Indianapolis too tough for Titans

star staff

  NASHVILLE--Bill Polian hit his table and cursed a few times Sunday, but the successful president of the Indianapolis Colts left the press box with something many Tennessee Titans fans did not have -- a smile.
  In the first big marquee meeting of the season between the AFC South rivals, Peyton Manning won the first battle of the 2003 Most Valuable Players as his Colts defeated Tennessee by an ugly 31-17 margin at the Coliseum Sunday.
  "Today's game obviously showed you have to play for four quarters," said Titan coach Jeff Fisher. "All week, our plan was to run the football with balance and keep them off the field. Our plan worked in the first half. It did not work as well we would've liked in the second half. We were equipped to do things offensively. We let this thing slip away in the second half."
  A game which saw the Titans come close to putting things away early, quickly turned around due to Indy's explosive passing offense and a few costly turnovers and 71 yards in penalties.
  "We played a great football team," Fisher said. "We had a great deal of respect for them coming into this game. Things didn't work out, but I think this thing is all about how you deal with wins and losses, and how you keep things in perspective."
  Tennessee (1-1) could've led by two or three scores at the end of the first half, but came out with a touchdown lead.
  The home team would take another lead in the third quarter, but the Colts (1-1) put three fourth-quarter touchdowns on the board.
  "Offensively, we found our rhythm," said the former Tennessee Volunteer, Manning, who was 24-of-33 with 254 yards and two touchdown passes in the game. "We had a couple of three and outs early (in the first half) and it made us throw more in the second half.
  "These AFC South games count double," he said. "(The Titans) usually only lose one game a year here. It's a tough place to play and we'll take a win anytime we can get it."
  The other MVP from a year ago, Titans quarterback Steve McNair had a solid outing despite two late turnovers. McNair tallied 273 yards on a 25-of-39 night with one interception and a fumble.
  "Every time you lose, it's a bad feeling," said McNair. "When you're going against a good team like Indy, you can't make mistakes. We left too many plays out on the field."
  Each team scored on its first drive of the game.
  Tennessee drove itself 79 yards with a mix of passes and runs before Chris Brown blasted down the right side of the field for a 20-yard score to open things up.
  Indy took advantage of 25 yards of penalties against the Titans on their first drive which saw plenty of Edgerrin James runs before Mike Vanderjagt hit a 28-yard field goal.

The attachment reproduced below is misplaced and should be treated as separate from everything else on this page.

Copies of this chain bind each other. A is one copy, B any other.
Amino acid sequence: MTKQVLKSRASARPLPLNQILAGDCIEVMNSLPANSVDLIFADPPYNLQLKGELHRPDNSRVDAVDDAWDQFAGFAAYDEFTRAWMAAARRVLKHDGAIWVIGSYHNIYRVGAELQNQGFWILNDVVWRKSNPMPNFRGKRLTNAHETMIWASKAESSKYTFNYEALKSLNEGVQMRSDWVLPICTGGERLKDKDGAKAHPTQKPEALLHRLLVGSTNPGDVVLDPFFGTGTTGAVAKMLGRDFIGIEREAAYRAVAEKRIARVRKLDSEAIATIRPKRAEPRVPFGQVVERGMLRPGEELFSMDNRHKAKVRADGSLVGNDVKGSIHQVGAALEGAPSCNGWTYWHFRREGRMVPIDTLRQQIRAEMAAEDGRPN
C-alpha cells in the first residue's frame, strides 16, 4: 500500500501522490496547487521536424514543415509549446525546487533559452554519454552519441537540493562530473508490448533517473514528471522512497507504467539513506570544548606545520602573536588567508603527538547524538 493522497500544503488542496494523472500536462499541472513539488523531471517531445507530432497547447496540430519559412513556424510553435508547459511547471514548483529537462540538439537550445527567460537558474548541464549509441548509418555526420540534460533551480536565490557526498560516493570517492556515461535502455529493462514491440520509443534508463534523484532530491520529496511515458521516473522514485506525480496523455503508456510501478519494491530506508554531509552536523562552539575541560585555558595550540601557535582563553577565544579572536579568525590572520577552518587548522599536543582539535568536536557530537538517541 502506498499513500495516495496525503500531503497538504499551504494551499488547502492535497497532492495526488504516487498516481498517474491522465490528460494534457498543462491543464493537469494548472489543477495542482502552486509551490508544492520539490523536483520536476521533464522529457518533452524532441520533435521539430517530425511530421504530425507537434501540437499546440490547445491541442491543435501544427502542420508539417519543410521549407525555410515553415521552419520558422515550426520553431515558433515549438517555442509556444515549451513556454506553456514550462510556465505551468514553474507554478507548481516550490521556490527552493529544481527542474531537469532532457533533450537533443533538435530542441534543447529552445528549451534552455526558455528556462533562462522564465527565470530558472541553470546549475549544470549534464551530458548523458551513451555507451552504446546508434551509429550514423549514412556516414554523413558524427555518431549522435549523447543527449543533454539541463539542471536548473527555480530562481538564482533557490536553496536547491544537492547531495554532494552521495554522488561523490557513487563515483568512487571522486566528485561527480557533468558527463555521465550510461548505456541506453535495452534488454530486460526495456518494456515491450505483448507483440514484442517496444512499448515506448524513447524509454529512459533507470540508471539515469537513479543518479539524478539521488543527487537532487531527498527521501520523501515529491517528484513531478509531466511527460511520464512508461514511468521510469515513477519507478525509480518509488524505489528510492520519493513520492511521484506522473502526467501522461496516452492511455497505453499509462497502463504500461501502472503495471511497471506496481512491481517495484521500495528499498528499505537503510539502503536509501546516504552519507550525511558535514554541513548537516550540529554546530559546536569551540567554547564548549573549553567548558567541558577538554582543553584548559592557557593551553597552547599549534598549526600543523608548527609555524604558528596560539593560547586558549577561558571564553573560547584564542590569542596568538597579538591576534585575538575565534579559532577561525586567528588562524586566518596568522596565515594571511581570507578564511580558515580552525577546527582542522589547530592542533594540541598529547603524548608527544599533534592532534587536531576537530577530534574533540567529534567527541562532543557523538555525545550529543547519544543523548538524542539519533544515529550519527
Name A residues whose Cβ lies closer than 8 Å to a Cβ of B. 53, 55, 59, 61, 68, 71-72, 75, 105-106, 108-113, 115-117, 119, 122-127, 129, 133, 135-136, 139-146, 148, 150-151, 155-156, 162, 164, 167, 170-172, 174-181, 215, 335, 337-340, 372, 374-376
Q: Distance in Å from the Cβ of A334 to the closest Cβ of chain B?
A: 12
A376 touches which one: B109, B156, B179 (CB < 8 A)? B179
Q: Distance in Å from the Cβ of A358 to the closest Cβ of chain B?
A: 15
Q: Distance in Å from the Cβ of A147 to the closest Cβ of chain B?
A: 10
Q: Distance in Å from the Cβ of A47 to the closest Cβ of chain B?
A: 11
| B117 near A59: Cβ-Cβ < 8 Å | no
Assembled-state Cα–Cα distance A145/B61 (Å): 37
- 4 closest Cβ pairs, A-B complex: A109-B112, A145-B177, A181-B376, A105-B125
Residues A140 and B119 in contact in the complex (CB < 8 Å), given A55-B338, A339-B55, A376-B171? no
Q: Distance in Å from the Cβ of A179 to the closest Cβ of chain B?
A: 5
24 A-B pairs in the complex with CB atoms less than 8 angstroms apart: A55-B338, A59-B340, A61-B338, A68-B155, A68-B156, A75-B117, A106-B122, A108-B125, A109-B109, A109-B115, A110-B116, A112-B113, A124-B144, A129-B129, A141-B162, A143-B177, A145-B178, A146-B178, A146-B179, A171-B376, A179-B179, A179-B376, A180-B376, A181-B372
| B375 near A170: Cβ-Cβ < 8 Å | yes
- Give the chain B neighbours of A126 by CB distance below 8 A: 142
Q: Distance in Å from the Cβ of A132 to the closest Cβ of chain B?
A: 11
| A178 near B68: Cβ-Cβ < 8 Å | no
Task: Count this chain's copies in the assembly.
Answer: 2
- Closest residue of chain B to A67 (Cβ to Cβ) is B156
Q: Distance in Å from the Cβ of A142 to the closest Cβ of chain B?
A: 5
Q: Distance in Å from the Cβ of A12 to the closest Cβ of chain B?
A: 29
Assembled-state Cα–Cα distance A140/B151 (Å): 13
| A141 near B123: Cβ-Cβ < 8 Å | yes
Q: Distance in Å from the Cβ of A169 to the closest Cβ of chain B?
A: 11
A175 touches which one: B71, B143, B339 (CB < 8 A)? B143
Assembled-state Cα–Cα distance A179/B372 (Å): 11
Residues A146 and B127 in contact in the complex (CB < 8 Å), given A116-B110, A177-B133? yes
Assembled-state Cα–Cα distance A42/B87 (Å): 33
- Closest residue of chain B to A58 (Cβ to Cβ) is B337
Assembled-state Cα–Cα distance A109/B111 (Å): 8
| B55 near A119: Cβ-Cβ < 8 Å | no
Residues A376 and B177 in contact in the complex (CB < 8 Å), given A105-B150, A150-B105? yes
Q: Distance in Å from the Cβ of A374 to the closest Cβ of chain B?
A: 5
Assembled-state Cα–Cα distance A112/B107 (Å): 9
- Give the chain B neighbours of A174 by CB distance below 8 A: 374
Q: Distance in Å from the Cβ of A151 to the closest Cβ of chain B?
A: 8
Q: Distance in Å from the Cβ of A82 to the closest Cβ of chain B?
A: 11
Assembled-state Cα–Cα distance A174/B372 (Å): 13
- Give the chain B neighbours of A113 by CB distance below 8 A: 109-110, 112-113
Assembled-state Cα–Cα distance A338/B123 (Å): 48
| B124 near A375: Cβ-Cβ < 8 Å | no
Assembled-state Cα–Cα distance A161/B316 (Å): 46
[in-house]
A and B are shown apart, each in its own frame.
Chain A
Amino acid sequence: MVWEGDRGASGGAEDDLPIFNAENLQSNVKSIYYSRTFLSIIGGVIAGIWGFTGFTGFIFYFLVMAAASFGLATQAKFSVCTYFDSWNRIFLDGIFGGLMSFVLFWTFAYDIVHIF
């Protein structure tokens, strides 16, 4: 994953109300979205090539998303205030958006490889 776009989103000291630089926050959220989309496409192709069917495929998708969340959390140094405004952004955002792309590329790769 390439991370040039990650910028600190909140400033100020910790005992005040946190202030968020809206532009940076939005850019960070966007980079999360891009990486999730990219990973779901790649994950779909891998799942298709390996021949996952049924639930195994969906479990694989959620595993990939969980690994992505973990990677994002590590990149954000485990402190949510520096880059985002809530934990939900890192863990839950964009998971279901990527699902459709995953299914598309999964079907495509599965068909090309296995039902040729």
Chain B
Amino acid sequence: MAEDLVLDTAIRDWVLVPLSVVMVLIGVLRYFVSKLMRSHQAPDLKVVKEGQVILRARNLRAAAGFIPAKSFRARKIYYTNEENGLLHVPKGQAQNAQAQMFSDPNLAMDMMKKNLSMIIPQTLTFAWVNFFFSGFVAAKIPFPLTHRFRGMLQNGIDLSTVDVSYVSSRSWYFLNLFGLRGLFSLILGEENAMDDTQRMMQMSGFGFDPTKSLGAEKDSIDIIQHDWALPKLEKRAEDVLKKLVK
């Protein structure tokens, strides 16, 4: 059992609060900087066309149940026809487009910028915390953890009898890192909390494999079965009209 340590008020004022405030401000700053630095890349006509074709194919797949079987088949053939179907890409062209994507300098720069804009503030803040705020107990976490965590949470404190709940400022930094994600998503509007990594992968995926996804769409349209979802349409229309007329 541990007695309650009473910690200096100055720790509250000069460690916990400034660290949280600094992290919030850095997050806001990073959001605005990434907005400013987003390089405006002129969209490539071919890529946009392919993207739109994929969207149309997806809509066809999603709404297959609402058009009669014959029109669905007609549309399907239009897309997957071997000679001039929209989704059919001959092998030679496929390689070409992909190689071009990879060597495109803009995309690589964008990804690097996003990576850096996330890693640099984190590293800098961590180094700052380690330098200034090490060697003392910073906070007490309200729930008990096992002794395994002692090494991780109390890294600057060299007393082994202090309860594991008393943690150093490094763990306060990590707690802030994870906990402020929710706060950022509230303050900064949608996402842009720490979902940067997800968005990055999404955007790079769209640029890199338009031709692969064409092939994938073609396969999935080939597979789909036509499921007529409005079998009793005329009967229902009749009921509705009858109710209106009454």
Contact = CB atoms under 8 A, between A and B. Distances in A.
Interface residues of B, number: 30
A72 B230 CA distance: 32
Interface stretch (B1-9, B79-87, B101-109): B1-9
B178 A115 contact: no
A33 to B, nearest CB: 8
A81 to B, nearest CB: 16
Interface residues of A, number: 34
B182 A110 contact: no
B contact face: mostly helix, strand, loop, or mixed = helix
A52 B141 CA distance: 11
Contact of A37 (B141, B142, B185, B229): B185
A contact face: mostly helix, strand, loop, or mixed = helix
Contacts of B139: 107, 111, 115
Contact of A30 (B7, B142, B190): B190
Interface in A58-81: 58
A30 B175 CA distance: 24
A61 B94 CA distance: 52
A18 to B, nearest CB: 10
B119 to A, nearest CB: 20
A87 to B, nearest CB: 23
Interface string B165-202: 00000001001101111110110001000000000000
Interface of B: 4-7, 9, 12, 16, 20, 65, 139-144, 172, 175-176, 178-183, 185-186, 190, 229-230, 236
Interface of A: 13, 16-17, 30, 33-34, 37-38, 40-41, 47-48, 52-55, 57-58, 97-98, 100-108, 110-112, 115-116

The Titans blew some opportunities in the second quarter. First, the team was stopped on downs inside the Indy five-yard line.
  Later, Derrick Mason and Drew Bennett dropped touchdown passes to make Tennessee settle for a 39-yard field goal from the returning Gary Anderson.
  Indianapolis looked like a different field when it took the field on its first drive in the third quarter.
  The Colts used 36 more yards in Titans penalties, along with some clutch grabs from Marvin Harrison and James to set up an eight-yard scoring strike to Reggie Wayne.
  McNair fired back with four big completions on the next drive for Tennessee. Brown almost got into the end zone on a 17-yard run, which set up another Tennessee lead when the quarterback plowed himself in for a one-yard score.
  Manning went to the no huddle offense two series later for Indy, touching Harrison for a 12-yard gain and Wayne with a 44-yard strike. James broke a 22-yarder up the gut to set up a one-yard touchdown throw to Marcus Pollard to kick off the fourth quarter.
  With the game tied at 17, Tennessee drove the length of the field. McNair threw one up for receiver Derrick Mason in the end zone on a crucial fourth down conversion, but Nick Harper came down with it for the Colts.
  "These games always come down to the final drives," Manning said. "(The interception) gave us a chance to get the score, and the win."
  Manning completed some big gains to his top two wideouts before James gave the visiting unit its first lead with a four-yard plunge into the end zone.
  On the next Titans drive, McNair missed Drew Bennett three straight times and Craig Hentrich's trick punt pass didn't grab enough yards to move the chains for the home team.
  Indy put the exclamation point on the game with a 30-yard touchdown run from James.
  The fans were unhappy with the officials late as Tennessee tried to patch some wounds on their drive. It appeared as though Eddie Berlin caught an 18-yarder that could've been ruled a score.
  However, the play was reversed and called incomplete much to the dismay of the Coliseum. McNair wound up getting hit in the backfield by Brad Scioli, forcing a fumble to end the contest.
  Statistically, including the quarterbacks, each of the game's main players had solid performances.
  Brown became the first Titan run rush over 150 yards in a game since 2000 with his 152-yard performance with a touchdown. For the Colts, James' 30-yard scoring run gave him 124 yards on 21 carries with a pair of scores.
  Each team had a 100-yard receiver. Tennessee was led by a 9-for-104 effort from Derrick Mason, with Drew Bennett pulling down seven grabs for 85 yards, while Reggie Wayne led the Colts with 119 yards on seven grabs and a score.
  Indy's top receiver Marvin Harrison was held to 98 yards on 10 grabs.
  Next week the Titans host the surprising Jacksonville Jaguars, while Indianapolis gets a visit from Brett Favre and the Green Bay Packers.